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Newly Formed Dhol Tasha Lezim Group Has Folks Dancing In The Street

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Newly formed Dhol Tasha Lezim group has folks dancing in the street

As many members of the India Society of Worcester (ISW) and others from the local MetroWest communities came together to celebrate Ganeshotsav, an occasion celebrating the arrival of the Hindu Lord Ganesha, a deity associated with new beginnings and as the remover of obstacles, a new sound was heard at the recently expanded ISW India Center. Dozens of colorfully garbed celebrants danced around the center ground to the sounds of cymbals clashing and massive drums setting a steady beat. The Ganeshotsav event, celebrated in the fall in India, had been hosted at the ISW for over a decade but this year was special as it introduced the newly formed Dhol Tasha Lezim Pathak group. 

Named after the instruments played – Dhol a heavy bass drum carried over the shoulder, Tasha a smaller snare drum worn around the waist, and Lezim a set of small cymbals tied to a wooden handle – the Dhol Tasha Lezim group was formed as part of ISW’s new Symphony initiative. “The sounds might be new in MetroWest,” said Rajesh Khare, one of the organizers, “but the dance and music traditions are centuries old and are a part of celebrations and religious festivals, like Ganeshotsav, in many parts of India.” 

While there are many dedicated groups in New England that support classical Indian music, traditional folk music groups are hard to find. A group of enthusiasts hoping to carry forward the traditional folk music and dance tradition in their new home decided to launch this group. Ashok Kale, a Shrewsbury resident, coordinated the purchase and shipping of the massive drums from India, and the group met in his garage initially to practice. With five large dhols and many other instruments, the group is now well stocked for its performances. It is open to anyone interested in learning about this drumming and dance tradition. You can sign up for the workshop on the ISW Website.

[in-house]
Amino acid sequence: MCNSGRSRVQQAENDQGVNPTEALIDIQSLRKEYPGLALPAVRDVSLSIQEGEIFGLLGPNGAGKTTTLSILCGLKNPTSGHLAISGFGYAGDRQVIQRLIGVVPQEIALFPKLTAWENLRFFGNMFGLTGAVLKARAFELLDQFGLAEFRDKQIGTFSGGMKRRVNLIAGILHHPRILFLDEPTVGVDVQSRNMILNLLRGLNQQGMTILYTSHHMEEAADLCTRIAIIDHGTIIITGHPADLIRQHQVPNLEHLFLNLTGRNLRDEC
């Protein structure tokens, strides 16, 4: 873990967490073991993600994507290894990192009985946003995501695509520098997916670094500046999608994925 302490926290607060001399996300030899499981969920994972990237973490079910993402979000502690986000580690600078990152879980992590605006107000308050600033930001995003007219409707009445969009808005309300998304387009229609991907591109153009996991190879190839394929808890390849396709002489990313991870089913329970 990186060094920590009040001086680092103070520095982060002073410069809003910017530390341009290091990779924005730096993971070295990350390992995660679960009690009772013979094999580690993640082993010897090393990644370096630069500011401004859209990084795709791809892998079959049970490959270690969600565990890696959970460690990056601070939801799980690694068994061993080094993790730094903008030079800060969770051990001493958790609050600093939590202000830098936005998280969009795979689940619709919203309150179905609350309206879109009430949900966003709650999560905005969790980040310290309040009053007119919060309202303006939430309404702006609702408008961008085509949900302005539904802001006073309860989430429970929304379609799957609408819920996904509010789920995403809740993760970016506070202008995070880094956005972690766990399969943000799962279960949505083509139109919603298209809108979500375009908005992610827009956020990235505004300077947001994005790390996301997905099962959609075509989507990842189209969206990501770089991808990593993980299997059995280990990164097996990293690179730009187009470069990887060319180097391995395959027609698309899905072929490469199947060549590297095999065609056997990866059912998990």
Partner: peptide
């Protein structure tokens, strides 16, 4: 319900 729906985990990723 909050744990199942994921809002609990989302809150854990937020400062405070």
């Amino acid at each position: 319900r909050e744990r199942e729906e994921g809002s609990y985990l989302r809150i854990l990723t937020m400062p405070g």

“We are planning to run workshops where anyone, kids and adults alike are welcome to learn,” says Sarita Deshpande, Chair of ISW Symphony. “We want to spread the happiness and positivity that music brings.”

In addition to the festival, the ISW Dhol Tasha group has also performed at India Day, celebrating India’s Independence, and was recently invited to perform in Connecticut. The word of the group's dynamic performances has spread fast and it is fielding invitations from many other venues. “Our newly expanded community center in Shrewsbury allows us to introduce these new art forms from India to the MetroWest community. We are building a strong foundation for the next generation with great support from community members for such initiatives,” shared Puneet Kohli, President of the India Society of Worcester.

“Dhol Tasha Lezim takes me down the memory lane to my childhood, to the Ganpati celebrations and processions all over the town!” said Shilpa Kulkarni Nikte, who led the Lezim performers at the celebrations. “It's impossible to stay still when you hear Dhol-Tasha, the traditional drums of the western Indian state of Maharashtra.”

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